My previous post was a re-blog of a fellow adopter listing what he thought were the top 10 pro’s and con’s to adopting. One which got me thinking was this: You will miss the early important bonding period and some important milestones in your children’s lives Even if a child is adopted from birth there are things the adoptive parents will miss out on, usually the actual birth for one, but the longer the child is in care the more that will be missed. We will never know what our eldest son’s first word was. We don’t know which was
A list of pro’s and con’s to adoption. I think this blogger has got it fairly spot on!
We have been to visit some schools, and based on the criteria I listed in my previous post we think we have found one which ticked pretty much all of the boxes we had available. Along the way we have encountered a few extremely good school features, and some not so good ones. I had actually intended on writing this post as part of my previous one, but after I started explaining how the whole thing worked I thought it was getting too long to then add this to the end of it. I’ll start with one of the worst things that happened,
An important task lies ahead of us; choosing which Primary School to send our children to. Ordinarily parents are limited by their location for schools, for the most part having to send their children to a school which has a catchment area within which their home happens to be situated. It is, dare I say, a “Postcode Lottery”. The majority of primary schools in our area are beholden to the local authority entry requirement rules which are, I believe, centrally controlled by the government. When there are more people wanting a place at a school than are available (class sizes have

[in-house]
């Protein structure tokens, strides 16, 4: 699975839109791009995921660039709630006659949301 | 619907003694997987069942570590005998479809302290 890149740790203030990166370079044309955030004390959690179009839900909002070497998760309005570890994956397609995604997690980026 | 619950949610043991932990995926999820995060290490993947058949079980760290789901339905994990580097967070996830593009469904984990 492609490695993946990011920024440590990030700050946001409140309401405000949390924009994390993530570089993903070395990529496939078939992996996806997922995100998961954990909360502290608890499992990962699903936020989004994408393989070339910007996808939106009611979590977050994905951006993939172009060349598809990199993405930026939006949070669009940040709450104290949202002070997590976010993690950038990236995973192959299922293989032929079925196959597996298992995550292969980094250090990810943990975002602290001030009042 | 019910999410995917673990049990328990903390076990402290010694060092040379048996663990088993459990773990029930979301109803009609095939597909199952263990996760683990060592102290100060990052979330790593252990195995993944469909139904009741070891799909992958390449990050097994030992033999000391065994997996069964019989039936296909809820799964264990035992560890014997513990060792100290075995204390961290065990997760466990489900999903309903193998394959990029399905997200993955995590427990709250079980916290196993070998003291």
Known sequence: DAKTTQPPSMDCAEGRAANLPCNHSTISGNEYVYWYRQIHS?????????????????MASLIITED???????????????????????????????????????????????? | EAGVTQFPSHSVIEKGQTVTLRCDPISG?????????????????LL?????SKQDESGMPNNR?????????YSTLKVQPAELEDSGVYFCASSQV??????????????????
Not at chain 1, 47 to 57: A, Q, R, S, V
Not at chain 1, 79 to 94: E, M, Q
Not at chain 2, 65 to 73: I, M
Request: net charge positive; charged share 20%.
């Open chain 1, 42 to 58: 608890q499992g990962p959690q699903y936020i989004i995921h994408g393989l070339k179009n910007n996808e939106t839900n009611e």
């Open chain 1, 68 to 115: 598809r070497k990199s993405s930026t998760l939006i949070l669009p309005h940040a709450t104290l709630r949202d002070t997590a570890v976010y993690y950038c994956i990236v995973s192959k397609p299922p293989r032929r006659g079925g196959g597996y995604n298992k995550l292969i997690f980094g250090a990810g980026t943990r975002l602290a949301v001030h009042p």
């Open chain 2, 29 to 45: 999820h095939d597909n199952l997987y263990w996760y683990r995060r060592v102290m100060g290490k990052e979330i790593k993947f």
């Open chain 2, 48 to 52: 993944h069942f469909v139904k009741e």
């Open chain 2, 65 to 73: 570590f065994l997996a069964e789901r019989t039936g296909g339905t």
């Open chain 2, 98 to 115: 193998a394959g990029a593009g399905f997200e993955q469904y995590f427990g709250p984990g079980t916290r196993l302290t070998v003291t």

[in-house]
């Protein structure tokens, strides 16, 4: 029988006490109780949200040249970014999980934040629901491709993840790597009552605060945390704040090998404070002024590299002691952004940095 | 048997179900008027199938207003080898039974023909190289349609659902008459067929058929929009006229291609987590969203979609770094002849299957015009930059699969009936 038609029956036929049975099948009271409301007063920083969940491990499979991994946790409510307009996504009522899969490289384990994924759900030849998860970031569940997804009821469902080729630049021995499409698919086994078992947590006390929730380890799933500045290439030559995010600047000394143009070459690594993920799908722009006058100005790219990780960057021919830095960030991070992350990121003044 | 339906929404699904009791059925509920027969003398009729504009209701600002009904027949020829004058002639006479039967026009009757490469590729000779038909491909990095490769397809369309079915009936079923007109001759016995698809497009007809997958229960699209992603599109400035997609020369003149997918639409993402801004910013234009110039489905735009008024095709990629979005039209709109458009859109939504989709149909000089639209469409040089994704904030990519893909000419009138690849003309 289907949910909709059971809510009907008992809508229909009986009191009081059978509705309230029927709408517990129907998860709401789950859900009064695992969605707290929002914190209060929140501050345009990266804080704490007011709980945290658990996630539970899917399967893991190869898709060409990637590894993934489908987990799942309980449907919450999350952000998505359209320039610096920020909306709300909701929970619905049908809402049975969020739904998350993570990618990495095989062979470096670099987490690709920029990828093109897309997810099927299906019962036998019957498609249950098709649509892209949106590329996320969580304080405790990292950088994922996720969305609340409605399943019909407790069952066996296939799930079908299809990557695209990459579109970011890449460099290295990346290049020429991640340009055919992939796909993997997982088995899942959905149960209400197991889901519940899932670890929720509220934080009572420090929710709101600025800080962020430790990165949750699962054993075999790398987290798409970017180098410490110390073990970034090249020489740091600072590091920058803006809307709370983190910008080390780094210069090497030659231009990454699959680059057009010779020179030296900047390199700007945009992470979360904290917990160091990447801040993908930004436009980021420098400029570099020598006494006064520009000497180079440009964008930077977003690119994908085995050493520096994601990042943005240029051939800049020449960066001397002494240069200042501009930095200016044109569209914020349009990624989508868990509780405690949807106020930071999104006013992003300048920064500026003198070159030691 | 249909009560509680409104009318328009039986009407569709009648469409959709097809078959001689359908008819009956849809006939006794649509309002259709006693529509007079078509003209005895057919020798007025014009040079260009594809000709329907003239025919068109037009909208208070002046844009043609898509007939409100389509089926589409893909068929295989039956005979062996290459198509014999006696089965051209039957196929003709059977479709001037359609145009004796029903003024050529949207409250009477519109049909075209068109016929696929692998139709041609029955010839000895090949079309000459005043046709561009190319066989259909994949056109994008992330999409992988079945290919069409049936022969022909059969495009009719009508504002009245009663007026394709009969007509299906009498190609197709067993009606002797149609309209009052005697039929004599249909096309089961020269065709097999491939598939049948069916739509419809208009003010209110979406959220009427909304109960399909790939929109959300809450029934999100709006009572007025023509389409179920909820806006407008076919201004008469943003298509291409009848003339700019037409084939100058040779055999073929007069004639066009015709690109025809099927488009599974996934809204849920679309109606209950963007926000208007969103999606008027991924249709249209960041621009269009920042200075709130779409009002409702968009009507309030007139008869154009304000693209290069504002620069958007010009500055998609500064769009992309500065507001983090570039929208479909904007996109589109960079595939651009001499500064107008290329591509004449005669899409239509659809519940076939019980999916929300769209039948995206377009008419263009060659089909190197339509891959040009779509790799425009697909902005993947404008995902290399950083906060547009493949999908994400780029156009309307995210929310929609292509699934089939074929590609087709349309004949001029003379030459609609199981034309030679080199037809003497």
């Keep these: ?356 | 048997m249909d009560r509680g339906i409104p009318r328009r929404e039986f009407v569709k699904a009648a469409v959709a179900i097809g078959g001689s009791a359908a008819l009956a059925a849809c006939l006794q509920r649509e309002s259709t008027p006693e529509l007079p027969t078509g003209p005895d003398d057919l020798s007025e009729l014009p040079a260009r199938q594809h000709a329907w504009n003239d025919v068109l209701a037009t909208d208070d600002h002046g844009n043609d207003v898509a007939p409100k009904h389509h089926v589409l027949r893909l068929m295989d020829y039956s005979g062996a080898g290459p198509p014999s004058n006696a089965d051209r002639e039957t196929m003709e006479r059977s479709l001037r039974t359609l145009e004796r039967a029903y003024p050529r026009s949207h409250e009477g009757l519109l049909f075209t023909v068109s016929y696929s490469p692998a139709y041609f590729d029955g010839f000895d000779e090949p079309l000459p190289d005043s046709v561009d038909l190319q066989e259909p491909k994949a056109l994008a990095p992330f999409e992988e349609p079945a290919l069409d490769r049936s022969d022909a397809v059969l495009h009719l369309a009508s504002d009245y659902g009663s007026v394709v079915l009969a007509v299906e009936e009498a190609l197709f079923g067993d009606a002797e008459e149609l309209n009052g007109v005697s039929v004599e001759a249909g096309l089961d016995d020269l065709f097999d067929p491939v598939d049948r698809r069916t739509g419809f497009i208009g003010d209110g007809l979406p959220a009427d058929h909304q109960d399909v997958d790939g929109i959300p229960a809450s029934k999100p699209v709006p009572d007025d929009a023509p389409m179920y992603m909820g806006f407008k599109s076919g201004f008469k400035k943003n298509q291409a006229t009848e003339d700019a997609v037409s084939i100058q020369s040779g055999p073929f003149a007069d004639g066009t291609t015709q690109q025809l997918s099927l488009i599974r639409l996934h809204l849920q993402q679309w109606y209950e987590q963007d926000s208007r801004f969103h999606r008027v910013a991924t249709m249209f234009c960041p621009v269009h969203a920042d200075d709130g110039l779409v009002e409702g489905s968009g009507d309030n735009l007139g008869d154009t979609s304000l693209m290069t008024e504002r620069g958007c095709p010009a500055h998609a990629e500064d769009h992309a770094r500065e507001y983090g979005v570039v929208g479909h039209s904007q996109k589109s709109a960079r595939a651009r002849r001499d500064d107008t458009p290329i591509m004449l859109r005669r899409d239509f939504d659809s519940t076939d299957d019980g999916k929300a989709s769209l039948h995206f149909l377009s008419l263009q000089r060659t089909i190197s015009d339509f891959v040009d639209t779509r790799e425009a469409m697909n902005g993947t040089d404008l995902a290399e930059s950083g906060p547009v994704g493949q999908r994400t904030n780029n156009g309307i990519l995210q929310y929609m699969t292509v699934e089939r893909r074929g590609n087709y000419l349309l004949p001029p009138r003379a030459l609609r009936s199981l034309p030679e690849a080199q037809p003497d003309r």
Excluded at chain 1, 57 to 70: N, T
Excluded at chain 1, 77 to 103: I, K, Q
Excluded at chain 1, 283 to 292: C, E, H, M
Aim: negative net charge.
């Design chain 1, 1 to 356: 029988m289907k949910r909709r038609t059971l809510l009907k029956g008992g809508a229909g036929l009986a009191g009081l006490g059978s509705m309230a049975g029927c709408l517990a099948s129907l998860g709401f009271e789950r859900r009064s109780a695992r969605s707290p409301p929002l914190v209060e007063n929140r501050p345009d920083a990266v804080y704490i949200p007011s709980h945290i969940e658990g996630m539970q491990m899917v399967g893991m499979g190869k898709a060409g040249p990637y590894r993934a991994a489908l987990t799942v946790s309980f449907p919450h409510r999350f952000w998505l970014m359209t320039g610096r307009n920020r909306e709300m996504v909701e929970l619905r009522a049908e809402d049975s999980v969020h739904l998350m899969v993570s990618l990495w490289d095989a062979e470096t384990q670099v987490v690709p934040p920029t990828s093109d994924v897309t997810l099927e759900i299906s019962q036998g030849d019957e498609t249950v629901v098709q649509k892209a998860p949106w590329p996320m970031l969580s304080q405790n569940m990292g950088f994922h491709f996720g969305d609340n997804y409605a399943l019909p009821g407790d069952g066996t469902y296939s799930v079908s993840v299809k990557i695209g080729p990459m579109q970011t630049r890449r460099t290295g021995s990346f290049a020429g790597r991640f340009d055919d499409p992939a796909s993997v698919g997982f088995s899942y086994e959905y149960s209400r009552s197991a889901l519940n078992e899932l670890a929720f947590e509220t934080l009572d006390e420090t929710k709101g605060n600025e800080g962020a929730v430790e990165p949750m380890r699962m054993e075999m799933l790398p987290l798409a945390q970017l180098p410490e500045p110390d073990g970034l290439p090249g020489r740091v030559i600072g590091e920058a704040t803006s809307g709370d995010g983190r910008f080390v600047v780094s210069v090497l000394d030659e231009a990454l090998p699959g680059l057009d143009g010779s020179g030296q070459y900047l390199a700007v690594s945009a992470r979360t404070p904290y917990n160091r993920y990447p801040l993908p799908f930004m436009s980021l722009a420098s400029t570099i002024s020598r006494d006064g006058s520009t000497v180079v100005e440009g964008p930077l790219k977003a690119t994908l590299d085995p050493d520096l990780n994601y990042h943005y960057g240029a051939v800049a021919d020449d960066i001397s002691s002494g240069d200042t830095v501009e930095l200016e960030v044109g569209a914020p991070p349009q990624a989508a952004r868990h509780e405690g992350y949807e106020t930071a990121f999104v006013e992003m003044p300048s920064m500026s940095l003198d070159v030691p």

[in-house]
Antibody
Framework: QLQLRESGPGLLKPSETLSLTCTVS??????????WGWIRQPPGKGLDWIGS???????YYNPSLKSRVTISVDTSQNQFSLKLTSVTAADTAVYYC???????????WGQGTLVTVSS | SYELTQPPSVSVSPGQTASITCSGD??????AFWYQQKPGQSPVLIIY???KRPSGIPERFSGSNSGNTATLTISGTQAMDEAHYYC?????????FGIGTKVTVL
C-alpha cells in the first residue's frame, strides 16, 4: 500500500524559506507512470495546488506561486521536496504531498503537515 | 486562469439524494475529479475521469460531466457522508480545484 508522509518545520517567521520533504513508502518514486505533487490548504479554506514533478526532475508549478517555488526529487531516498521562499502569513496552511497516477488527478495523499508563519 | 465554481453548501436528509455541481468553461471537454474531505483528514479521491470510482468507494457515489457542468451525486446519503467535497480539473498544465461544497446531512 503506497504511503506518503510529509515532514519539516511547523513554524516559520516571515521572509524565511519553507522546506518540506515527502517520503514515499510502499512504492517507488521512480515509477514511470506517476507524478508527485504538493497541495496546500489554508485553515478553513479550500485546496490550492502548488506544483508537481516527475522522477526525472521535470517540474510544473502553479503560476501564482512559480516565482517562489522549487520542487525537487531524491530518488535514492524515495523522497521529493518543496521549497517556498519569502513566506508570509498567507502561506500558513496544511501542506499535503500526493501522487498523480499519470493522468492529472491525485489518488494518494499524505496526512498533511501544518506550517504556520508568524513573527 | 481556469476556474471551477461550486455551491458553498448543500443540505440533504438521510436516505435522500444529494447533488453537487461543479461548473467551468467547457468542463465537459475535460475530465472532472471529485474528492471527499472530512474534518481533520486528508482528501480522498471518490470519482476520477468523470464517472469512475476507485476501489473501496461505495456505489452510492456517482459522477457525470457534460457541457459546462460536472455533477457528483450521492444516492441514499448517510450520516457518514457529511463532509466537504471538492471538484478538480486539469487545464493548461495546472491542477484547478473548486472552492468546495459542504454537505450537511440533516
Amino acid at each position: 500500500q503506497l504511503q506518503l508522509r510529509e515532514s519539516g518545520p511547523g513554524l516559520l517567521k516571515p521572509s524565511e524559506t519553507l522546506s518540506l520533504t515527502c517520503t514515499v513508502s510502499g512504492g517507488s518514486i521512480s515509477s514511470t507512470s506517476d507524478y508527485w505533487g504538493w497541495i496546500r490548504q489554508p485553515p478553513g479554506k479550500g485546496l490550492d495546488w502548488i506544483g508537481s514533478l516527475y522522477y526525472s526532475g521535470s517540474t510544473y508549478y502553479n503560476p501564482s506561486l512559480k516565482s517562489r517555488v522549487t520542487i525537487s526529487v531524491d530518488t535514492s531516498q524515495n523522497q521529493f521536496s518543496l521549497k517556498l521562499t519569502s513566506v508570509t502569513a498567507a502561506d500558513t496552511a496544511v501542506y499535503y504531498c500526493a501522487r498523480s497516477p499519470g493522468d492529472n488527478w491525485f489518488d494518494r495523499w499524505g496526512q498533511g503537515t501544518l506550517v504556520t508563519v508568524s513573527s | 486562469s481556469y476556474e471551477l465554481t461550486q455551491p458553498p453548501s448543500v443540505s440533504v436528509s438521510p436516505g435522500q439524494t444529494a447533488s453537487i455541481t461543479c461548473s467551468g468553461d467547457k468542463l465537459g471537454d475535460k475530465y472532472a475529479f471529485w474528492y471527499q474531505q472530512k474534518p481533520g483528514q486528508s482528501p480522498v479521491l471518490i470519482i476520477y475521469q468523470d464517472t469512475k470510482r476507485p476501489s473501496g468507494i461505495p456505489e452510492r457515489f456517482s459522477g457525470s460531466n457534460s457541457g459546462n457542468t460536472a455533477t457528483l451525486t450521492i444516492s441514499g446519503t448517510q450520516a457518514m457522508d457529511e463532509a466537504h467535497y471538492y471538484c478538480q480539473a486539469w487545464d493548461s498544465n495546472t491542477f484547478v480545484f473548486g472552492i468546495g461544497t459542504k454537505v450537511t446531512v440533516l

When we adopted our children we agreed to a contact plan which involved writing a letter twice per year to their birth parents to give them an update on how they are and what they are doing.
So, apparently at least one person other than my family reads my blog! Laura at the blog Riddle From The Middle has nominated me for a Liebster award. This is essentially an award given by bloggers to other bloggers with a few rules attached to it. I think it is designed to increase traffic onto your blog by linking it to other blogs that you read and like. Laura is a fellow adoptive parent, thanks to her for the nomination.
We always do our best not to be hypocritical when enforcing rules with our children. Lead by example is the policy we try to follow, but this can be quite difficult in some circumstances.
I am not brilliant at expressing my emotions in person, I am much better at doing so in writing. This blog post has very little to do with adoption, and is admittedly a little self-indulgent. I write it for me, you may read it if you want.
When our children first came to us, we found certain elements of parenting incredibly stressful. This was actually compounded by the people who claimed to be there to help us.
We all do it. We tell ourselves we will never be like our parents, we’ll do things differently, we’ll do things better.